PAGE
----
Select Committee on Environmental Audit Appendices to the Minutes of Evidence


Memorandum from Waste and Resources Action Programme (WRAP)

  WRAP welcomes the opportunity to submit comments to the Select Committee's Inquiry into the Governments role in promoting the use of timber from sustainable sources.

  The Waste and Resources Action Programme, WRAP, has been created by Government to work with industry, the public sector and the wider community, to promote sustainable waste management by creating markets for recycled products and materials by tackling barriers to the use of these materials. Our mission is to promote more efficient and stable markets for secondary materials and products and improve resource efficiency.

  One of WRAP's key programmes addresses Wood recycling. Whilst forestry management can play a significant role in the renewal of timber, recovery and recycling can also offer vast scope to maximise the potential use of resources. Although our work does not look specifically at the issue of sustainably managed forests and Government procurement of timber from such source, WRAP's wood programme aims to reduce the pressure on primary resources by returning wood waste back to the productive economy and delivering greater overall resource efficiency.

  Excluding recycled wood and waste paper, it is estimated that 46.7 million cubic metres of timber were consumed in the UK in 1999. Of the 2.5 million tonnes of wood waste estimated to be produced from the construction and demolition industries, around 1.2 million tonnes is regarded as reclaimable, of which it is estimated that more than 300,000 tonnes is currently recycled or reclaimed. Waste wood, from the municipal waste stream and collected at civic amenity sites, is estimated to be 280,000 tonnes or 7 per cent of all civic amenity site waste. It is also estimated that a further 140,000 tonnes is collected through household refuse collections. Estimates suggest that over 90 per cent is landfilled or incinerated and less than 10 per cent is reused or recycled. [3]


  WRAP is committed to increasing the recycling of wood and wood based materials by industry in the UK and, to facilitate the development of the UK's recycling infrastructure. We have set a challenging target to achieve 40 per cent recycling and re-use of construction and demolition wood waste a year and to significantly increase wood packaging recovery.

  WRAP's activities therefore include programmes to:

  (i)  stimulate demand for recycled wood products through a marketing and education initiative. This will target individuals responsible for making and influencing purchasing decisions in the construction and local authority sectors, both of which are potentially large consumers of recycled wood products;

  (ii)  produce a research and development programme. To date WRAP has invested £405,000 in four R&D projects on wood. These include:

    —  an analysis of the volume and nature of wood waste residues from the furniture industry for the purpose of identifying and promoting best practice;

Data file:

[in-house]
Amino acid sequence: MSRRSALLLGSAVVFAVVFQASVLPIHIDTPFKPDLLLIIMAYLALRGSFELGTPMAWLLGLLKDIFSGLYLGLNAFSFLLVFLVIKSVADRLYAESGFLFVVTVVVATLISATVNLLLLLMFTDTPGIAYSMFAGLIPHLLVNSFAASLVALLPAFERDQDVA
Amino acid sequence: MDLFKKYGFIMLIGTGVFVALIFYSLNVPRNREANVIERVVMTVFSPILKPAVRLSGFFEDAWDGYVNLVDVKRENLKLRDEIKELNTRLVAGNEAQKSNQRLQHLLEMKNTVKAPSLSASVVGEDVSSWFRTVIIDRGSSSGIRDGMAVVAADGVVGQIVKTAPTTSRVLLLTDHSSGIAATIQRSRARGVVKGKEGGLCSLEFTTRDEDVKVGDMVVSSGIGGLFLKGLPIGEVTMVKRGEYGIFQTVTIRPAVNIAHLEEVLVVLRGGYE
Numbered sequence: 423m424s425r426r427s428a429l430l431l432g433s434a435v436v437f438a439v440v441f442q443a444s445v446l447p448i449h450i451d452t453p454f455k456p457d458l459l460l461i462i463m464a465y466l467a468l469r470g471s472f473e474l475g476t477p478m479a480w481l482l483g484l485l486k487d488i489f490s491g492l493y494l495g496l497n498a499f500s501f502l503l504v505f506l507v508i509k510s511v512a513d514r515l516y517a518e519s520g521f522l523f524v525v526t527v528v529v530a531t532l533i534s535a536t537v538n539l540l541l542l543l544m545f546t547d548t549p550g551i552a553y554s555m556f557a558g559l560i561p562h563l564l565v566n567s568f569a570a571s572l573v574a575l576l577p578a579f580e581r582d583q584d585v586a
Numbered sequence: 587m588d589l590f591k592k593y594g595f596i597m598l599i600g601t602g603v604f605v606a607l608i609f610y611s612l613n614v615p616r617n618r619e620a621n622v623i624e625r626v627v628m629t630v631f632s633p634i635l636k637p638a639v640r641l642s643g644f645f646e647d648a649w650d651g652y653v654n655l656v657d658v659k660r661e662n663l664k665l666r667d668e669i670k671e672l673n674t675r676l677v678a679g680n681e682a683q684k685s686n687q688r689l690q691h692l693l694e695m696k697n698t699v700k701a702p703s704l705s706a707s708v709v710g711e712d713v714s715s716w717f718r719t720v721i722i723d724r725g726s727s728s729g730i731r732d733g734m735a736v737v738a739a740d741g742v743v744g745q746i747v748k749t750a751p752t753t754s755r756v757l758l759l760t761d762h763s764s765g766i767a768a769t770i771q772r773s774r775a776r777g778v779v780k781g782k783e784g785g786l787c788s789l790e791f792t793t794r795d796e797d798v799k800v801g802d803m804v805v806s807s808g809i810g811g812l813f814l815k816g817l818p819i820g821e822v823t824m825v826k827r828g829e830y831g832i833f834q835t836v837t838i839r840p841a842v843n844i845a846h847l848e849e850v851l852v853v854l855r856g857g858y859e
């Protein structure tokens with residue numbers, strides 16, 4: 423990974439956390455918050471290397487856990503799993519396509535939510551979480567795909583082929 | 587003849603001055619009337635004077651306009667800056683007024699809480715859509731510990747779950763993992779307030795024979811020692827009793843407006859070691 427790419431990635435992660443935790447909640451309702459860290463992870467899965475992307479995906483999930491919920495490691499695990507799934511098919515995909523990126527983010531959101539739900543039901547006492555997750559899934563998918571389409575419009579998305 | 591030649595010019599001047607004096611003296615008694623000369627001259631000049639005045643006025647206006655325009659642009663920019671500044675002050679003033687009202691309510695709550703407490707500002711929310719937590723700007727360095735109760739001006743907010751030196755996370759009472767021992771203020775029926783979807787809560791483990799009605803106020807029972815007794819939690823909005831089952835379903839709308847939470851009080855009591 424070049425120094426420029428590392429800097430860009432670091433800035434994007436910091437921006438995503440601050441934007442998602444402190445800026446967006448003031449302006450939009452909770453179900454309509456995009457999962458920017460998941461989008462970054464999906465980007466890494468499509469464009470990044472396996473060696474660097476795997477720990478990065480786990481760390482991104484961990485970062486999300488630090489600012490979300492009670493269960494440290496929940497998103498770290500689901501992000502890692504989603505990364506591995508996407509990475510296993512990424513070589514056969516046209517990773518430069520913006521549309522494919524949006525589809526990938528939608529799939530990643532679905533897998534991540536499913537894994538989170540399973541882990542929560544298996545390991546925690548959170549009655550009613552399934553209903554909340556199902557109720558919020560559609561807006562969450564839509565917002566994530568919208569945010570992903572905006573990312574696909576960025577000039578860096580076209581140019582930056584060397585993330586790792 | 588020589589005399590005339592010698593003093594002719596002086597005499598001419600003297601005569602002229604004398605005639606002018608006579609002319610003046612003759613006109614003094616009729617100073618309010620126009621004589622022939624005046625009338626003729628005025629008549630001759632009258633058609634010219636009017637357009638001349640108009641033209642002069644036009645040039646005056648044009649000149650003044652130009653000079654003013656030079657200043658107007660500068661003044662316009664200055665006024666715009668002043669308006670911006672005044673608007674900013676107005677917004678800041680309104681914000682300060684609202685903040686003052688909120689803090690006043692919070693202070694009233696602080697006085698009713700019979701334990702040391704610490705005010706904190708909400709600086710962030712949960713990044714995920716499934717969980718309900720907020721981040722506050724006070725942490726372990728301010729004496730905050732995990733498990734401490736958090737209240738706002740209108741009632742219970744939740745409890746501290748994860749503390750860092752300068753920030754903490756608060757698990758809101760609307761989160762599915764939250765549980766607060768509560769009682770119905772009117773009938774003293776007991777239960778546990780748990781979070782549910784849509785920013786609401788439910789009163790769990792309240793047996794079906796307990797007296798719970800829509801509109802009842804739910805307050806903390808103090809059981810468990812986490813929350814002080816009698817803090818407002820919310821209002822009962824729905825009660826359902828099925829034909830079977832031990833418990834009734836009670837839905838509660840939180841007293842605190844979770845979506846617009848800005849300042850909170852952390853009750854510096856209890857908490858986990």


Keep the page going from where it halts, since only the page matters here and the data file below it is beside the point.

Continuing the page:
—  developing protocols for sampling and measuring contaminants in both recovered wood as a raw material for panel board manufacture and in the final product. Contamination of mixed wood waste and treated timbers increases the cost of collection and prevents further use. WRAP is therefore developing protocols to measure contaminants to address this issue;

    —  developing a distillation process to enable the recycling of preservative-treated wood waste. WRAP estimates that a large proportion of this waste is not recycled and instead is disposed to landfill; and

    —  studying the geographical area of the M62 corridor to establish the type, volume and sources of wood available for recycling and investigate existing and potential wood recycling activity in the area.

  WRAP also intends to fund further R&D projects which will be targeted at specific wood streams and applications. It will also focus on clear gaps in the wood recycling market that need to be addressed such as accessing less economic sources of recyclable material, increasing the reclamation of wood waste from construction and demolition waste and supporting the development of new wood waste recycling technologies.

  (iii)  WRAP has commissioned a Wood Market Study & Standards Review to assess UK wood flows and markets for wood recycling and to identify any standards and specifications which constitute as barriers to wood recycling. WRAP is looking to publish its findings in the next few months.

  Building on these findings WRAP will establish initiatives to overcome discrimination against recycled wood products and to support the increasing efficiency of the wood waste collection, processing and recycling industry. The use of recycled products is often prohibited because of the lack of any clear defined standard. WRAP will address this issue by working with the end-users and producers to identify the main barriers to recycled wood products.

  (iv)  stimulate investment to increase the amount of recycled wood used in both the panel board sector and other wood recycling applications.

  One of the major barriers to increasing the recycling of wood in the UK is the lack of suitable recycling infrastructure. Therefore, in November 2001 WRAP announced a capital investment competition to boost wood recycling by expanding reprocessing capacity. Following the completion of a competitive tender process, the Board of WRAP authorised negotiations to commence with a small number of prospective recipients of grant funding. Subject to the completion of funding agreements, these initiatives will facilitate significant increases in UK wood recycling capacity in line with WRAP objectives.

May 2002

3   Riddough, S (1999). Wood Residues: Waste or resource? Published by Trada (the Timber Research and Development Agency). Back

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